June 30, 2007     12.18     17.56
March 31, 2007     10.20     13.96

December 31, 2006

 

$

13.44

 

$

15.81
September 30, 2006     8.14     13.83
June 30, 2006     8.88     13.00
March 31, 2006     9.11     12.82

        No cash dividends were declared for our common stock during the fiscal years ended in 2007 or 2006, and we do not anticipate paying any dividends in the foreseeable future. As of February 20, 2008, we had approximately 564 common stockholders of record.

Stock Repurchases

        The table below sets forth information regarding repurchases of our common stock by us during the three months ended December 31, 2007. There were no repurchases of equity securities under our previously announced stock repurchase program during the fourth quarter of 2007.

 
  Total number
of shares
purchased(1)

  Average
price paid
per share

  Total number
of shares purchased
as part of publicly
announced program

  Approximate dollar
value of shares that
may yet be
purchased
under the program(2)

October 1 - October 31, 2007     $     $ 21,445,000
November 1 - November 30, 2007             21,445,000
December 1 - December 31, 2007   192     18.23       21,445,000
   
 
 
 
Ending Balance - December 31, 2007   192   $ 18.23   2,776,038   $ 21,445,000
   
 
 
 

(1)
In addition to and apart from our stock repurchase program described below, 192 shares of common stock were repurchased by us in connection with payment of minimum tax withholding obligations relating to the lapse of restrictions on certain restricted stock awards during the three months ended December 31, 2007.

(2)
In June 2005, we announced that our Board of Directors authorized us to repurchase up to $25.0 million in shares of our common stock under our stock repurchase program. In March 2007, we announced that our Board of Directors authorized us to purchase up to an additional $25.0 million in shares of our common stock under our stock repurchase program. Any shares of common stock repurchased under this program will no longer be deemed outstanding upon repurchase and will be returned to the pool of authorized shares. This repurchase program will expire no later than March 9, 2009 unless extended by our Board of Directors.

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Equity Compensation Plan Information

        Information regarding our equity compensation plans is set forth in the section titled "Equity Compensation Plan Information" in our 2008 Proxy Statement to be filed with the SEC no later than April 29, 2008.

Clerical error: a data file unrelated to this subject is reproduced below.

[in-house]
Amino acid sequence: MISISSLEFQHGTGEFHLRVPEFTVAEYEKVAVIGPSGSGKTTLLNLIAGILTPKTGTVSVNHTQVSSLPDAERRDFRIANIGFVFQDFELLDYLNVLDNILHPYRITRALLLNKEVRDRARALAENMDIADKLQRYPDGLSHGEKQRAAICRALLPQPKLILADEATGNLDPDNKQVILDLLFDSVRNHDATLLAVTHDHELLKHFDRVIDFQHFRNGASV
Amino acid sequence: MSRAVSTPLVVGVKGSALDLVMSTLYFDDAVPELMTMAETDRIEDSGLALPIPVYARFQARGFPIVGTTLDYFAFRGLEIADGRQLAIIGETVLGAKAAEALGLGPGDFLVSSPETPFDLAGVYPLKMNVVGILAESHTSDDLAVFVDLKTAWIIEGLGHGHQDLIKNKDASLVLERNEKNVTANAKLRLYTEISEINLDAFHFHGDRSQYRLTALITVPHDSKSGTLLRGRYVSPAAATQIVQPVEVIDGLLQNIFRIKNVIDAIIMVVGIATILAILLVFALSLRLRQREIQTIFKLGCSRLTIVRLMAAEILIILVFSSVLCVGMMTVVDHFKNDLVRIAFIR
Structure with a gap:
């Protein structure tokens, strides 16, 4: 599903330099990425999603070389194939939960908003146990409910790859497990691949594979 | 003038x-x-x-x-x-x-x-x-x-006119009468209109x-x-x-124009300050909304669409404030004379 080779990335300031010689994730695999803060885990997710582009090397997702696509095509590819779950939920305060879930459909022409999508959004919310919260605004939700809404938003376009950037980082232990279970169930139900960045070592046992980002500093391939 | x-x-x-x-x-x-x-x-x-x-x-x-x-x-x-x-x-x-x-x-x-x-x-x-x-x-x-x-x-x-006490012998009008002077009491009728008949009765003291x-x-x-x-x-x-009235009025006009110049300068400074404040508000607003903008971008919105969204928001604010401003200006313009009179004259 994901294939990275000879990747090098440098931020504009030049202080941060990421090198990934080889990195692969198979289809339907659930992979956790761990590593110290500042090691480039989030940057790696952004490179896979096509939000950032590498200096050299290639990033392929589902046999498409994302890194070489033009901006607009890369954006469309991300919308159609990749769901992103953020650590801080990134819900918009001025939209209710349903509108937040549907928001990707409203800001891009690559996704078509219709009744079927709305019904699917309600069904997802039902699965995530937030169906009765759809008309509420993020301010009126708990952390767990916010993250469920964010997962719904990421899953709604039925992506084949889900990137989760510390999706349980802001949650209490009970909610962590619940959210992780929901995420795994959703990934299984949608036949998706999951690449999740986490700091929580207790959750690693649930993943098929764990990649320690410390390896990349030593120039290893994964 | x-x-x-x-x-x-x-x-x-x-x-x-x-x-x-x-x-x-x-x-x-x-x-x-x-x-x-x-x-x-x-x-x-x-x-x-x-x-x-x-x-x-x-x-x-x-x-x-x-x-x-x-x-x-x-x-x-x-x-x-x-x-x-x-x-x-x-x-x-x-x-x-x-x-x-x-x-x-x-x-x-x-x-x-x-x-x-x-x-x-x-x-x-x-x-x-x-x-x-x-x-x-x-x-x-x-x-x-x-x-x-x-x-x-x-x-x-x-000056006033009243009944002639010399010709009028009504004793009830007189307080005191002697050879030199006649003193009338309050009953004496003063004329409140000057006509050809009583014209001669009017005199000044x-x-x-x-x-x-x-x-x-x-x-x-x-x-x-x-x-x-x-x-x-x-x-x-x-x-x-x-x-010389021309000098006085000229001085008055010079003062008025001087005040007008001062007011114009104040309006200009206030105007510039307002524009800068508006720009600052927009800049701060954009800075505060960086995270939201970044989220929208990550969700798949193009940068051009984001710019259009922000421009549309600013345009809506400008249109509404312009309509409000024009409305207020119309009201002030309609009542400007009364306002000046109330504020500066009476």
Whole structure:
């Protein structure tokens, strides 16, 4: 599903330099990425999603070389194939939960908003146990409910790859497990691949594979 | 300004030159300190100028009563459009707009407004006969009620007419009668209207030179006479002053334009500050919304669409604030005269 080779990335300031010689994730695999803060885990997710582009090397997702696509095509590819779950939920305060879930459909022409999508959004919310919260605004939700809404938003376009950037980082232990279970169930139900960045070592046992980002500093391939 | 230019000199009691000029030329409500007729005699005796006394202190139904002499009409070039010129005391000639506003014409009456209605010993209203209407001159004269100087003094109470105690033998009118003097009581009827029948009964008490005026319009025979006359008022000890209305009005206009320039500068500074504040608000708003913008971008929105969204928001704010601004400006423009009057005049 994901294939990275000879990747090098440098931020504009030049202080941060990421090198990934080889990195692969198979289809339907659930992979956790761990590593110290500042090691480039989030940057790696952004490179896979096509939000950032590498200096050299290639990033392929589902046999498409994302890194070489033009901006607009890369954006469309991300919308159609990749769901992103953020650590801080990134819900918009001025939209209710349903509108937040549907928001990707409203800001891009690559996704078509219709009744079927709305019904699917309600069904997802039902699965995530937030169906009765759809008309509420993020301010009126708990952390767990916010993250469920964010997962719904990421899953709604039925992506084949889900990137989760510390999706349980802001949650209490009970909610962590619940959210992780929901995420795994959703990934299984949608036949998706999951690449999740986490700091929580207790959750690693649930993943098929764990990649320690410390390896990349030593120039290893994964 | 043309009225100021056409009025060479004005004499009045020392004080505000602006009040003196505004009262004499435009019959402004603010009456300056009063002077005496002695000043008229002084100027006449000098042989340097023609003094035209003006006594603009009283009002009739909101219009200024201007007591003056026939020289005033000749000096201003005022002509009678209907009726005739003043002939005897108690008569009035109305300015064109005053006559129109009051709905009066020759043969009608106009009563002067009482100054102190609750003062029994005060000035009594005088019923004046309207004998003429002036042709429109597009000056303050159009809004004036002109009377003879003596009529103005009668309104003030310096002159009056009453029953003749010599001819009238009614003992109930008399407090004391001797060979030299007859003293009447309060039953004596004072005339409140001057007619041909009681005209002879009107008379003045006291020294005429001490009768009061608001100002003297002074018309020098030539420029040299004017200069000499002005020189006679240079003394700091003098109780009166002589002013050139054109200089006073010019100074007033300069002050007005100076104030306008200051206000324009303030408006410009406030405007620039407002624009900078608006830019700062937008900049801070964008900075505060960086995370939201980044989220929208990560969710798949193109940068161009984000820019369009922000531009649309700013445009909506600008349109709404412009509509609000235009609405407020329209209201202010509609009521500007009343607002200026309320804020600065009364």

STOCKHOLDER RETURN PERFORMANCE GRAPH

        Set forth below is a line graph comparing the yearly percentage change in the cumulative total stockholder return on our common stock with the cumulative total return of the Nasdaq Composite Index and the Nasdaq Pharmaceutical Index for the period beginning December 31, 2002 and ending December 31, 2007. The graph assumes an initial investment of $100 on December 31, 2002 in our common stock, the Nasdaq Composite Index and the Nasdaq Pharmaceutical Index and reinvestment of dividends. The stock price performance of our common stock depicted in the graph represents past performance only and is not necessarily indicative of future performance.


Comparison Of Five Year Cumulative Total Return*

Among Quidel Corporation, The NASDAQ Composite Index

And The NASDAQ Pharmaceutical Index

CHART

Company/Index

  Base Period
12/31/02

  12/31/03
  12/31/04
  12/31/05
  12/31/06
  12/31/07
Quidel Corporation   $ 100.00   $ 310.46   $ 146.44   $ 310.18   $ 392.62   $ 561.26
Nasdaq Composite     100.00     149.75     164.64     168.60     187.83     205.22
Nasdaq Pharmaceutical     100.00     144.89     160.46     160.65     163.42     154.46

*
$100 invested on 12/31/02 in stock or index, including reinvestment of dividends. Fiscal year ending December 31.

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Item 6.    Selected Financial Data

        The following table presents selected consolidated financial data of Quidel Corporation. This historical data should be read in conjunction with the Consolidated Financial Statements and related notes thereto in Item 8 and "Management's Discussion and Analysis of Financial Condition and Results of Operation" in Item 7 in this Annual Report.

Consolidated Statements of Operations

 
  Year ended December 31,
 
 
  2007
  2006
  2005(1)
  2004
  2003(2)
 
 
  (in thousands, except per share data)

 
Total revenues   $ 118,065   $ 106,015   $ 92,299   $ 78,691   $ 92,463  
Costs and expenses                                
  Cost of sales (excludes amortization of intangible assets)     48,573     44,818     37,101     35,234     40,943  
  Research and development     12,855     13,047     12,829     11,340     8,465  
  Sales and marketing     18,491     16,966     16,121     13,990     15,977  
  General and administrative     13,167     12,770     13,062     14,852     10,003  
  Amortization of intangible assets     5,493     4,580     1,476     1,459     1,517  
  Patent litigation settlement             17,000          
  Restructuring                     1,966  
   
 
 
 
 
 
    Total costs and expenses     98,579     92,181     97,589     76,875     78,871  
   
 
 
 
 
 
Operating income (loss)     19,486     13,834     (5,290 )   1,816     13,592  
Other income (expense)                                
  Interest income     1,891     1,408     722     398     154  
  Interest expense     (736 )   (757 )   (808 )   (886 )   (980 )
  Other income (expense)     (117 )   545     49     256     253  
   
 
 
 
 
 
    Total other income (expense)     1,038     1,196     (37 )   (232 )   (573 )
   
 
 
 
 
 
Income (loss) from continuing operations before provision (benefit) for income taxes     20,524     15,030     (5,327 )   1,584     13,019  
Provision (benefit) for income taxes     6,893     (5,891 )   3,000         (8,315 )
   
 
 
 
 
 
Income (loss) from continuing operations     13,631     20,921     (8,327 )   1,584     21,334